Shrimp Remoulade Salad with the Remoulade sauce on the side

.

We got to Maggie and Rick’s house in Lafayette at about 5:00. Rick was already at the Festival International de Louisiane, so we took an Uber with Maggie to the Festival grounds to meet him.

Bob expected the Festival to be a lot like Jazz Fest, but it’s really quite different. As their website says, it’s “a non-profit organization that produces the largest international music and arts festival in the United States with a special emphasis on the connection between Acadiana and the Francophone world”. There were musicians from all over the world performing on 5 different stages. We saw musicians from Gambia, the Czech Republic, Finland, Quebec, Ireland, Jamaica, Iran, New Brunswick, Haiti, and Louisiana.

 

On Friday night we saw Mydy Rabycad, a group from the Czech Republic

Mydy Rabycad from the Czech Republic

.

Unlike Jazz Fest, the Festival is free, and it is strongly supported by the Lafayette community. 2600 people volunteer in various roles to make it all happen. The food and drinks are reasonably priced ($4 beers). The food was really good! Over the course of 3 days we enjoyed shrimp po-boys, pulled pork, crab cakes, jambalaya, and grilled gator. My favorite meal in Lafayette, though, was Maggie’s homemade crawfish pie that we had for dinner Sunday night. It was fabulous!

.

Bob and Kath making the “Y” in Lafayette at the Festival

Making the Y in Lafayette.jpg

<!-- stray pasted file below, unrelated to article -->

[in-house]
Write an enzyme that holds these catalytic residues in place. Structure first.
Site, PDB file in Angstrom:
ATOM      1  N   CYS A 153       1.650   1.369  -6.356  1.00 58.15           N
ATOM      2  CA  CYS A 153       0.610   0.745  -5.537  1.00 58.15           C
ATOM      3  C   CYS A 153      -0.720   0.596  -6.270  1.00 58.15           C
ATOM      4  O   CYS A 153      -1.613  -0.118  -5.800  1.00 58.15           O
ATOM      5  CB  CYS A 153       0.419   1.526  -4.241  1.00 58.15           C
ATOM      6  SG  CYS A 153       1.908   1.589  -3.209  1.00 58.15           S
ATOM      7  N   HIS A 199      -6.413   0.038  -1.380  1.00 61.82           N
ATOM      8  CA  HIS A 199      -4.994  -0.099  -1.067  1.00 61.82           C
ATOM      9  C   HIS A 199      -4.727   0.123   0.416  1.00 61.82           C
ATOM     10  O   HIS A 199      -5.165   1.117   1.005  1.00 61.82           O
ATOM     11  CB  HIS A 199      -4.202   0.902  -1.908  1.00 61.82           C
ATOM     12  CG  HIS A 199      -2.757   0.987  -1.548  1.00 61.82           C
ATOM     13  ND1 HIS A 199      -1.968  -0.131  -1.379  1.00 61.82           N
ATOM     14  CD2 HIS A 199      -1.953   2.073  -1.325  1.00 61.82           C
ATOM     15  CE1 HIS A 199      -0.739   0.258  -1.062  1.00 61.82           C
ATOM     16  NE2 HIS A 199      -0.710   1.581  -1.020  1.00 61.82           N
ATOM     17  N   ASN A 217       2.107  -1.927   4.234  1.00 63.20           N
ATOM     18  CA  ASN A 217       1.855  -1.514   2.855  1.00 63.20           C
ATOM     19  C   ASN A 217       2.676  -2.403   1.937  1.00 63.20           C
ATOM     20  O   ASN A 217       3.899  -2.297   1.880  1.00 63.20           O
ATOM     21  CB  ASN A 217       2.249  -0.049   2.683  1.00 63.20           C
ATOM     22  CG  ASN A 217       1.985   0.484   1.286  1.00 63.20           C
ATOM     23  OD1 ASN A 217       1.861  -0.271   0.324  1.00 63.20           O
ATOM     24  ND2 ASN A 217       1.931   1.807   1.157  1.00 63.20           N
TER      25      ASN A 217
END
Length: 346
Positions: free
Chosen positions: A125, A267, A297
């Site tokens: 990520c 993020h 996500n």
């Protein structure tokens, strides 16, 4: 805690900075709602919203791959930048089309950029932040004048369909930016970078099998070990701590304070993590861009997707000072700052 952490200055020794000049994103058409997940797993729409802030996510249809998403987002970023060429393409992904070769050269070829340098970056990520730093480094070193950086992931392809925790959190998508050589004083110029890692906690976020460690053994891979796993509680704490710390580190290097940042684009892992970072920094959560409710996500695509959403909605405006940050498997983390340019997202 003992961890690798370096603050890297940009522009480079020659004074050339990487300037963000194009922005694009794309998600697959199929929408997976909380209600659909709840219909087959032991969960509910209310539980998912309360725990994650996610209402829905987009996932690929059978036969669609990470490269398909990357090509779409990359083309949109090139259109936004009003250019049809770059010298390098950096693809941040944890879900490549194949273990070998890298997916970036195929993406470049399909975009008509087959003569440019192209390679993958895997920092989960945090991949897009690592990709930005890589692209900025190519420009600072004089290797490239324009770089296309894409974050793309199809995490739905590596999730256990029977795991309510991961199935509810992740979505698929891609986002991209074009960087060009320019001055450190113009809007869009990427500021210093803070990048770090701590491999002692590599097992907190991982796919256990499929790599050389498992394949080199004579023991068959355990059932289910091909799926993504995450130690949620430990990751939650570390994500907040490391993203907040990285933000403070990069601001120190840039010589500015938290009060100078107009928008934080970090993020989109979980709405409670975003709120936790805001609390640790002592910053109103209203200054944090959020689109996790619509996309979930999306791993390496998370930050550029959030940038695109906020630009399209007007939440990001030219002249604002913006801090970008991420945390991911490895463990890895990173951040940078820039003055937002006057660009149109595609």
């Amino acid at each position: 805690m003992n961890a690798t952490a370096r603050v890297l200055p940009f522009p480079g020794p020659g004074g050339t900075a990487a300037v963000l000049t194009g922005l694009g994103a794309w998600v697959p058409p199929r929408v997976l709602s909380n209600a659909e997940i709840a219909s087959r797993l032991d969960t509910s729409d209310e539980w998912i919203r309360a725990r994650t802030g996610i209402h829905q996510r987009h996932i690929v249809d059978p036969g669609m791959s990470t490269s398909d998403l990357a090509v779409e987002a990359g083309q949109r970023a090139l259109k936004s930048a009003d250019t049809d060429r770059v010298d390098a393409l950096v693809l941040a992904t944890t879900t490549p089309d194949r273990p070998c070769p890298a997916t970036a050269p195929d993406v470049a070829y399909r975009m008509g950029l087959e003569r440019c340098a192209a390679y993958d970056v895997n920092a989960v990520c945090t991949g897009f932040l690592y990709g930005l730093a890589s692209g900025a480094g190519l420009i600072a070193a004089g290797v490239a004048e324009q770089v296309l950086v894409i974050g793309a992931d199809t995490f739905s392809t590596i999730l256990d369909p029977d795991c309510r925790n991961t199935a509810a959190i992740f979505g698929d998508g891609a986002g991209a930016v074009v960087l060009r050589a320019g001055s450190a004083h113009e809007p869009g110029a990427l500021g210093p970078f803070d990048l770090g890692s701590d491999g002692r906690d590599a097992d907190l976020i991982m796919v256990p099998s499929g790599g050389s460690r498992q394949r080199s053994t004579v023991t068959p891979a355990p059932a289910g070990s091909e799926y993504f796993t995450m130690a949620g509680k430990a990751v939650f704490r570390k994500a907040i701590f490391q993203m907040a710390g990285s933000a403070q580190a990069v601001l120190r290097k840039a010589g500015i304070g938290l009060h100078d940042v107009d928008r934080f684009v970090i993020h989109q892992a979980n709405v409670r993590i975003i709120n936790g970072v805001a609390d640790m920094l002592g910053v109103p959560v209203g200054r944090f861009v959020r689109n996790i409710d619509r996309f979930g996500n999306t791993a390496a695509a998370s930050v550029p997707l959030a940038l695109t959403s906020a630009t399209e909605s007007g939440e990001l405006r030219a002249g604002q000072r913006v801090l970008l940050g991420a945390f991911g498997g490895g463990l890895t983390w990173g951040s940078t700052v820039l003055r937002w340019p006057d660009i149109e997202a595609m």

Besides music, The Festival features many artists and they are quite good. 

.

Alligators represented in art at The Festival

Alligators painted on a screen.jpg

.

Bob doing his best alligator imitation

Bob making his best alligator face

.

We even bought a couple of pieces and had them shipped to Seattle.

.

Our mask by Calvin Walton 

Mask by Calvin Walton

 

Our flying fish sculpture by Mitch Landry

Fling fish sculpture by Mitch Landry.jpg

 

On Saturday we enjoyed 6 different musical performances.

.

Frigg, from Finland

Frigg on stage.jpg

 

Socks in the Frying Pan, from Ireland, as seen from our shaded seats

Socks in the Frying Pan from Ireland.jpg

.

The Festival is indeed free, but you can buy a “Bons Temps Pass” and Maggie and Rick treated us to that perk. You wear a wrist band each day, and it entitles you to front row viewing right in front of the stages, shaded seating with chairs, and private air-conditioned restroom trailers which were kept spotlessly clean throughout the festival. It was very nice to have that pass. (Thank you, Maggie and Rick!)

s

We had the Bons Temps Pass

Festival pass

Pass benefits

.

On Sunday, before the Festival opened at noon, we went to Mass at The Cathedral of St. John the Evangelist. In honor of the Festival, the Mass was in French and the choir was Les Jeunes Chanteurs d’Acadie from New Brunswick, Canada. The acoustics in the Cathedral are wonderful and the music was just beautiful. We saw the choir again later in the day at the Festival.

 

Inside the Cathedral

The Cathedral of St. John the Evangelist

.

VERY large oak tree at the Cathedral

Oak at St. John's

About the St. John's oak.jpg

.

After Mass we enjoyed another afternoon of great music at The Festival!

On Monday, April 30, we returned to New Orleans via US 90 so we could stop at Avery Island to tour the Tabasco factory. I had purchased tickets for the self-guided tour online. I don’t know if it’s necessary to purchase tickets in advance, but it seemed like a good idea. The tour is very well done. Each area is numbered so you know where to go next. There are brief videos at each section that describe what you’re seeing.

.

Barrels of Tabasco

Barrels of Tabasco.jpg

.

Caps being put on the bottles

Putting the caps on Tabasco.jpg

 

Bob actually did not plan his outfit to match the Tabasco bottles. The Original Tabasco Sauce is his very favorite hot sauce.